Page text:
[This was originally posted in 2015. Tomorrow, Alisa and I are returning to Phantom Ranch, so these thoughts are much on my mind.]
Don’t ask what the world needs, ask what makes you come alive, because what the world needs is more people who have come alive.
— Howard Thurman 1899-1981
Roger Tory Peterson — to the land and sky what Jacques Cousteau was below the sea — taught that one need not go far to study nature. Just outside. As a child and then as a world-renowned naturalist, Peterson would pick a place outside and look at a single square foot. What’s on the ground, what’s in the growth — just in that square foot — and looking up, into a square column defined by that square foot: what’s buzzing low or flying high overhead? Study that square foot (and up) and make a quiet inventory of its contents.
That’s enough nature to study for this moment. Enough nature to study, perhaps, for a lifetime?
A Single Rock Nearby
So here I sit, at Bright Angel Creek, beside the creek — and a little in it, as I dip my feet and ankles in the fast running, icy water — observing the life of a single rock, a few feet upstream. It’s an irregular shape (rocks’ll be that way), but it is roughly a square Peterson foot. The top of the rock is dry, showing a variety of veins of colors — all shades of sienna — and reminding me of the larger landscape here in the depths of the Grand Canyon’s geologic striations.
We are at the bottom of the Earth, among prehistoric growth. The sudden appearance of clade Dinosauria would seem fitting.
I found my way to this rock after lunch, when Alisa said at our picnic table, “You know what would be good for our sore legs and feet? Getting them into that cold water.” Then she went off to take a nap in the hot tent — finally dry from a very dewy night of in-tents rain. It didn’t rain intensely; it rained in our tents (from our own breath, I suppose).
But you didn’t ask for that.
You asked me to tell you something about this trip. I’ve been mentioning it and preparing for it and dreaming about it ever since I was last beside this creek — and the time before that, this being my third time here — so you might have inquired about the trip.
Thanks for asking. It’s a big trip.
Not For These Three
I get the idea that it wasn’t a big trip for the three creatures on this nearby rock. As I watch this square foot of stone, there is a dragonfly, a common house fly — though I can’t imagine this fly ever living in a “house” when she has the Grand Canyon as a home — and some third little thingy, something so small he looks like he could be plant matter, bobbing along the unpredictable waters edge, splashing constantly on the downcreek side of the rock, a place where this third creature specializes in his craft of staying alive.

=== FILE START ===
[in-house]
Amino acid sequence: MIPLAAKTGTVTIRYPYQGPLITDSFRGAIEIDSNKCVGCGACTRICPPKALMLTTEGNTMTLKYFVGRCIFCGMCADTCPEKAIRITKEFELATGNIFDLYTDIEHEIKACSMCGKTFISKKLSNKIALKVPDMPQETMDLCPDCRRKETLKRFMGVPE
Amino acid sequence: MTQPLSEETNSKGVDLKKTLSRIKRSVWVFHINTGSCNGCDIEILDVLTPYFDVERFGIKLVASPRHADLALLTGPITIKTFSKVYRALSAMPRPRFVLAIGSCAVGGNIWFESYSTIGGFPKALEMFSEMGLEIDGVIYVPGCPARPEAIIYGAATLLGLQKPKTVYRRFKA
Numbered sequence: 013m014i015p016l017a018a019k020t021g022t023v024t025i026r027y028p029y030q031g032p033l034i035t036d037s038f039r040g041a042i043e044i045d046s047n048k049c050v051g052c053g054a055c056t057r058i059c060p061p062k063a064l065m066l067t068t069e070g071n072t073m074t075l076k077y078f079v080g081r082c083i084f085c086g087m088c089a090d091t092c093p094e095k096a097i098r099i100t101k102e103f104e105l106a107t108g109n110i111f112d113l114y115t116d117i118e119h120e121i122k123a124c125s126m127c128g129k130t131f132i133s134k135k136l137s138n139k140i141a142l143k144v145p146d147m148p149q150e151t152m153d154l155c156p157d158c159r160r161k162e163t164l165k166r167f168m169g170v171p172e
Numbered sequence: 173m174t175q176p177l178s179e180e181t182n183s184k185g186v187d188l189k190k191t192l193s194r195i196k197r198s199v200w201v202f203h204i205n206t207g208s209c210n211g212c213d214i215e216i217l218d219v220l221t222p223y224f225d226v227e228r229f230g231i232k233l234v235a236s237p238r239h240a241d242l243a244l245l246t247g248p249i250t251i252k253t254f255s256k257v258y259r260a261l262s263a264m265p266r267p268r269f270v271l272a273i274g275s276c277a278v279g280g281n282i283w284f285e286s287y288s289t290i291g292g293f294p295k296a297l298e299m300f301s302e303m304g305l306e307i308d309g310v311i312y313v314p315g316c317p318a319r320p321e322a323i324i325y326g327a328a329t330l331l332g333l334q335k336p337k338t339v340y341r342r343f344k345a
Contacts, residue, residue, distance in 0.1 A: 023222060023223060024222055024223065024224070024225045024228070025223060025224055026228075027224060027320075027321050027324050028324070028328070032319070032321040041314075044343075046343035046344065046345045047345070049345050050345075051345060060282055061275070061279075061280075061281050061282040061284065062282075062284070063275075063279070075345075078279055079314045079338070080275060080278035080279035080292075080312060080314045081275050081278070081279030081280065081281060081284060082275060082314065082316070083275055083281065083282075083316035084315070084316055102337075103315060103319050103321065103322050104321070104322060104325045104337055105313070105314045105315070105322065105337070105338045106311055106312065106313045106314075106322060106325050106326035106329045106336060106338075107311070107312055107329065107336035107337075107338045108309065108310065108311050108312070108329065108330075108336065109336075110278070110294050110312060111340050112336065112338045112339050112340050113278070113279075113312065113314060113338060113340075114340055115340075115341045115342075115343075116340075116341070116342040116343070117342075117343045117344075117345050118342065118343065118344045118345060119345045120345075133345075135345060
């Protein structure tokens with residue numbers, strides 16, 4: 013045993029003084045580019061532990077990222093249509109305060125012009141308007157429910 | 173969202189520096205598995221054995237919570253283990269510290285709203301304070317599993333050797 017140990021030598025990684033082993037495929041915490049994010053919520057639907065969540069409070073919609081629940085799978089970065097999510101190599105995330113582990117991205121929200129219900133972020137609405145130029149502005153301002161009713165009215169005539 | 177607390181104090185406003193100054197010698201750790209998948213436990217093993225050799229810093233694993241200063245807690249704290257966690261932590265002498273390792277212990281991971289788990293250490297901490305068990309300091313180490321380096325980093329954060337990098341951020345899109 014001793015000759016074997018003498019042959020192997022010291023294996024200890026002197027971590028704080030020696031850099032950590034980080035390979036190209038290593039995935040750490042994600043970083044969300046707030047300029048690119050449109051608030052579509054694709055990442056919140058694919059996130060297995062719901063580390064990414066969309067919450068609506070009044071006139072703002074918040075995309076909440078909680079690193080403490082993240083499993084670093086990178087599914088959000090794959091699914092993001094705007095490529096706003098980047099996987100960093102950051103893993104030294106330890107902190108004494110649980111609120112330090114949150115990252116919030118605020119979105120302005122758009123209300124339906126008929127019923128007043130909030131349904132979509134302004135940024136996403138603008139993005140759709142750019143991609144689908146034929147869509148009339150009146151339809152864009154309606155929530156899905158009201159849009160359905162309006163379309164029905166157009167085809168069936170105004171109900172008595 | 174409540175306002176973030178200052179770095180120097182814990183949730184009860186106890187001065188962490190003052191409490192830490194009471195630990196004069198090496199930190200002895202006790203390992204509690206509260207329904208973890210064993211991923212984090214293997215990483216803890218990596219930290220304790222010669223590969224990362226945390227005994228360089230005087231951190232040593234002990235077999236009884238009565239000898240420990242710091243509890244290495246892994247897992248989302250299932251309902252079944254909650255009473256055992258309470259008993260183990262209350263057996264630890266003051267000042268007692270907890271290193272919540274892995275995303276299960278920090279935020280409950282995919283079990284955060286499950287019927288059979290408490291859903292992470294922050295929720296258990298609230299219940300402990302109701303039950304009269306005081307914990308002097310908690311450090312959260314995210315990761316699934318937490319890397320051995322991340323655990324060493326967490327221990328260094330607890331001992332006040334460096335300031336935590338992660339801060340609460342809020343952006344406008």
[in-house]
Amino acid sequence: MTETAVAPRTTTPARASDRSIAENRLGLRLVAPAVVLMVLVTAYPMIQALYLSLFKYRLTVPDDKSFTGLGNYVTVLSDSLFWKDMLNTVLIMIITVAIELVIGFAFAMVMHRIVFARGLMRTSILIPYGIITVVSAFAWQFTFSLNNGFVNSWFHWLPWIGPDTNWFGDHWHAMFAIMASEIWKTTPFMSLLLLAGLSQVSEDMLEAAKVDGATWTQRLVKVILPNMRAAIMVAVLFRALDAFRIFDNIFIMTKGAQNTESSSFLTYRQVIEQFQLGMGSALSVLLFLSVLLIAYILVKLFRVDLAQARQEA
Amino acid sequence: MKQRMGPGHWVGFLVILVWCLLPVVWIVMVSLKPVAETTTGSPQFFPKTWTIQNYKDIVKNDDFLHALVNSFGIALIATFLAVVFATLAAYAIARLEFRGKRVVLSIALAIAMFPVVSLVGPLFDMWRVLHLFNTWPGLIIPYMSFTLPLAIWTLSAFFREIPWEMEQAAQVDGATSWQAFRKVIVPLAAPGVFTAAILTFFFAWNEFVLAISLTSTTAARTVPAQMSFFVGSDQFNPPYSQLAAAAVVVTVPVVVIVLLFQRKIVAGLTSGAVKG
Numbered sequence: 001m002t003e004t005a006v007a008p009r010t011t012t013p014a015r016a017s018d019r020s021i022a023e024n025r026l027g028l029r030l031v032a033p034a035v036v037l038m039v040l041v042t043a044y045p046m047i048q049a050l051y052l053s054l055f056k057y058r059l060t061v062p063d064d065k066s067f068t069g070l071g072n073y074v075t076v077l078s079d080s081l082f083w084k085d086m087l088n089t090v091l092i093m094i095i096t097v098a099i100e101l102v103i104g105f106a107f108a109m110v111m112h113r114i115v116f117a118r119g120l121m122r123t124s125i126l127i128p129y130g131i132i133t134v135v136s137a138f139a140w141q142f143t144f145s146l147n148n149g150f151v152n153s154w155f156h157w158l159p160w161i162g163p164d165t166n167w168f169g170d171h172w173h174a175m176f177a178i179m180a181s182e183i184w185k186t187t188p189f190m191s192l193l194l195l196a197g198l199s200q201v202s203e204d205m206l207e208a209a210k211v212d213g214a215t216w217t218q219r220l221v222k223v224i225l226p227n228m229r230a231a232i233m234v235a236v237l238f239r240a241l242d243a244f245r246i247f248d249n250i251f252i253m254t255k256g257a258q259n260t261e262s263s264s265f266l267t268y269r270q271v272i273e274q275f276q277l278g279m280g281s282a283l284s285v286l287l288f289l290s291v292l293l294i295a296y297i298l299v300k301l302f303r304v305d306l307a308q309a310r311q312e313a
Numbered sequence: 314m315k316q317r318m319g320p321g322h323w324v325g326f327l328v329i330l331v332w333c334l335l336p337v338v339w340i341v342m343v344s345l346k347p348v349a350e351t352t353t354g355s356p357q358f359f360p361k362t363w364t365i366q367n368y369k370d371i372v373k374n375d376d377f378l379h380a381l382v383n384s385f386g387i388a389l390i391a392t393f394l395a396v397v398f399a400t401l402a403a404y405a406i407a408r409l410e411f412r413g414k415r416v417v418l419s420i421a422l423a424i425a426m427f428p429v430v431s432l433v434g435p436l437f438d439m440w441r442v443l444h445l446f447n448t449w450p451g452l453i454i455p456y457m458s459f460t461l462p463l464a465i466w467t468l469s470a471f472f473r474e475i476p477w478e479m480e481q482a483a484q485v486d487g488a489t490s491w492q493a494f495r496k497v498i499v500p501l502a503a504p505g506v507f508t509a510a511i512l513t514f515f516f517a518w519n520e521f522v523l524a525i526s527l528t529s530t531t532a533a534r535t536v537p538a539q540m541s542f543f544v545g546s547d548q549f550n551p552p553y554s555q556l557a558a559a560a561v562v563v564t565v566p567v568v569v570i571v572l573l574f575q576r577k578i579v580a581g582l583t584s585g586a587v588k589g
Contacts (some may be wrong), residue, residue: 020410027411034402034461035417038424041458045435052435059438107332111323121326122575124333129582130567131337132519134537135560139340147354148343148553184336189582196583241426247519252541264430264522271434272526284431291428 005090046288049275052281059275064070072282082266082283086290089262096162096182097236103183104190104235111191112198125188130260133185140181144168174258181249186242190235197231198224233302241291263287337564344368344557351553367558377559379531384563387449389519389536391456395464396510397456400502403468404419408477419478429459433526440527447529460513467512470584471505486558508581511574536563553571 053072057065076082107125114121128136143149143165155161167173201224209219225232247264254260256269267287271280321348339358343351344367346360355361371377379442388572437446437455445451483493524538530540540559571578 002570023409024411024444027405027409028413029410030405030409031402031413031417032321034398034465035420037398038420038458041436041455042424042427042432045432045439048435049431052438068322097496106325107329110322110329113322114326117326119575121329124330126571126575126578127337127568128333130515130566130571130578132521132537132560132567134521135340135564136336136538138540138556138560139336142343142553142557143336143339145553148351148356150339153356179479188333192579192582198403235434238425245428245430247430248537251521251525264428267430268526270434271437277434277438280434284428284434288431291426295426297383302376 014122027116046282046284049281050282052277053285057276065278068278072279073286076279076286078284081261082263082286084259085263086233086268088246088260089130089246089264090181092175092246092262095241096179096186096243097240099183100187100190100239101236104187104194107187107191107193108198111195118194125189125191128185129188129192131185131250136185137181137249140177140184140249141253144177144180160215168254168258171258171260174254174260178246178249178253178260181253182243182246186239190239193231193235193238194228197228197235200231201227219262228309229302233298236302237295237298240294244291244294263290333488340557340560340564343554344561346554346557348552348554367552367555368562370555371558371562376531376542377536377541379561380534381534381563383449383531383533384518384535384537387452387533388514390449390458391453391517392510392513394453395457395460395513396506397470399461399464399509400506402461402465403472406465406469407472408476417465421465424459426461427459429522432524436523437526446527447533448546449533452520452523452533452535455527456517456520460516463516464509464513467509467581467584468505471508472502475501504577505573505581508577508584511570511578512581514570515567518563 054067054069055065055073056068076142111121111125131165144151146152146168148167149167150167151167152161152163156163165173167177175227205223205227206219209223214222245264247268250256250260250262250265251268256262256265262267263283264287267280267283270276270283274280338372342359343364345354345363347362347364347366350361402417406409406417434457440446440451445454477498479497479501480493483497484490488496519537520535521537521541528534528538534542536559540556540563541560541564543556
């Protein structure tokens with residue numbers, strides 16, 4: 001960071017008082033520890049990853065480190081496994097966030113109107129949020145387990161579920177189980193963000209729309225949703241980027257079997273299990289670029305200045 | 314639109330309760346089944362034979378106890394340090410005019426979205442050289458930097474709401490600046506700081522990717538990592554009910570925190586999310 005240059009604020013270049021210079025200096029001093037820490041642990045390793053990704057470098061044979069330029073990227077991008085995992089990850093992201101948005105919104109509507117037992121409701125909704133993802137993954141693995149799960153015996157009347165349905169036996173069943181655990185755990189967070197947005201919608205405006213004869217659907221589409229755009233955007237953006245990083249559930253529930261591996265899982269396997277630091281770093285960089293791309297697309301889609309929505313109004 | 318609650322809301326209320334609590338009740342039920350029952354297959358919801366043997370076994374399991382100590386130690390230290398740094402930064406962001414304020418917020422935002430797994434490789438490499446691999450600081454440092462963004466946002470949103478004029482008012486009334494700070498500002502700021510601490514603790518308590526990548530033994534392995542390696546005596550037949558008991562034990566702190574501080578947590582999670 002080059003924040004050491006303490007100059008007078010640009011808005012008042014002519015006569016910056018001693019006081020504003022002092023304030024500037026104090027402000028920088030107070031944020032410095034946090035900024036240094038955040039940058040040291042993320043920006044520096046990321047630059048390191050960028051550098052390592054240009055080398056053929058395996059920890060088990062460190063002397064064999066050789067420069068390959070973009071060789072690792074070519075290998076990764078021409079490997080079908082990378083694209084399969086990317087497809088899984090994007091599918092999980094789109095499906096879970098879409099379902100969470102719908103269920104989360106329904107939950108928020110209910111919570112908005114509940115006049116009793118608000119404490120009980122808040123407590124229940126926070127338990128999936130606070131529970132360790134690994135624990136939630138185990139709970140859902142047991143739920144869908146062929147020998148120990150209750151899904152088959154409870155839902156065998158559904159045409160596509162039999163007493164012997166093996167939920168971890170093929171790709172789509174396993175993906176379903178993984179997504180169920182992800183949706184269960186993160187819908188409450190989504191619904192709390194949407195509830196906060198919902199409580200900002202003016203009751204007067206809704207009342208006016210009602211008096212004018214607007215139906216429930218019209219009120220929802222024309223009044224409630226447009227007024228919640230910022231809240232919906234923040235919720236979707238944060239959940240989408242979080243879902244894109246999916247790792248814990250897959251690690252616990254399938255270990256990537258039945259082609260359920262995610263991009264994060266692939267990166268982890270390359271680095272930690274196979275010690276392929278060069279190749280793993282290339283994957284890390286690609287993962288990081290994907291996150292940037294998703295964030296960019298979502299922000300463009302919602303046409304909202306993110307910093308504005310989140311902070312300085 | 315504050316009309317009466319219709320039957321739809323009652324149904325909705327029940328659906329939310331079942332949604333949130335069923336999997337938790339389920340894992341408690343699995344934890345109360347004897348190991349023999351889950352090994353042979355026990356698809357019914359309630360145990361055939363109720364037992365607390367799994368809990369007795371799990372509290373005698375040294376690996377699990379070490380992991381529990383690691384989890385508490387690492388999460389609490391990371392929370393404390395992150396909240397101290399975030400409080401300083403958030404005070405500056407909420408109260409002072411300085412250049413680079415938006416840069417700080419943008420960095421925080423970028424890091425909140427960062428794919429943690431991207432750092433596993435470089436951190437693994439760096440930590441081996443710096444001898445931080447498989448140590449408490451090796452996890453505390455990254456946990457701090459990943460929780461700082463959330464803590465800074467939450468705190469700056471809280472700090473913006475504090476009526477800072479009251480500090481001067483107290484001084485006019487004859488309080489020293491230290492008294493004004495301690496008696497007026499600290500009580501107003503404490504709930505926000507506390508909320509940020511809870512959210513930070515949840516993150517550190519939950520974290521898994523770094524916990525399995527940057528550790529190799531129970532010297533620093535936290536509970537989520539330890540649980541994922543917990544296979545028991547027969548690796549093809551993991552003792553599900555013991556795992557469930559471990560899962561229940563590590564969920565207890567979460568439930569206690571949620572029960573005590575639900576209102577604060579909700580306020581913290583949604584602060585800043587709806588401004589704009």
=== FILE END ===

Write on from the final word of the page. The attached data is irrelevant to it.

Staying Alive Is Job #1
That’s pretty much what all of us are doing in this beautiful, rugged terrain, each of us in our own ways.
There are 180 or so folks visiting down here, plus National Park Service Rangers and concessions staff and a nearby construction crew who are replacing a segment of the Transcanyon Water System. In our party: Alisa and me, Helen, and Helen’s (and our) friend from NYU and, now, its afterlife, Micah. The kids are staying alive very nicely: off with their sack lunches walking a moderately strenuous path for great views along the way and at its terminus over the Colorado River. Alisa is staying alive in the open tent, napping and catching the heat of the day.
I am staying alive, nursing my tired feet and sore ankles in the icy stream. Yesterday we descended. We ache.
It’s in the high sixties, I reckon, down here on the Canyon Floor, the bottom of the Inner Gorge. The canyon floor has the weather of Phoenix; the Rim, Flagstaff.
Our itinerary was to leave tomorrow with the majority of our gear (most of which was delivered to nearby Phantom Ranch by mule train yesterday) and set up our tents at Indian Garden, on the Tonto Plateau, the bottom of several of the Upper Gorges, about half way up Bright Angel Trail, finishing the walk the next day.
But — hard as it is to imagine — snow is forecast for above 5,000 feet, starting at Indian Garden. After last night’s shivering sleep (hard to remember in the desert sun) and what is probably more of the same tonight, we know we aren’t outfitted for higher elevation camping.
Still, everything is a delight.
Overnight, Alisa and I, independently — and perhaps the kids — I don’t know — took turns shivering ourselves awake to silently wonder how to convince the others that we were simply not going to camp in the November cold of Indian Garden. At breakfast all were agreed, with Micah abstaining — “whatever you guys want to do, I’m up for it.” We’ll stay another night down here, and head all the way up tomorrow.
Meanwhile, back beside the stone, I dip my feet and ankles into the rush of the water. Moments ago, I could put my foot in for 5 seconds, before it was numbed. Now I can permit only a momentary dip and right-up-and-out again, and even then, my ankles feel painfully numbed. I wonder how athletes survive those therapeutic ice baths in the training rooms.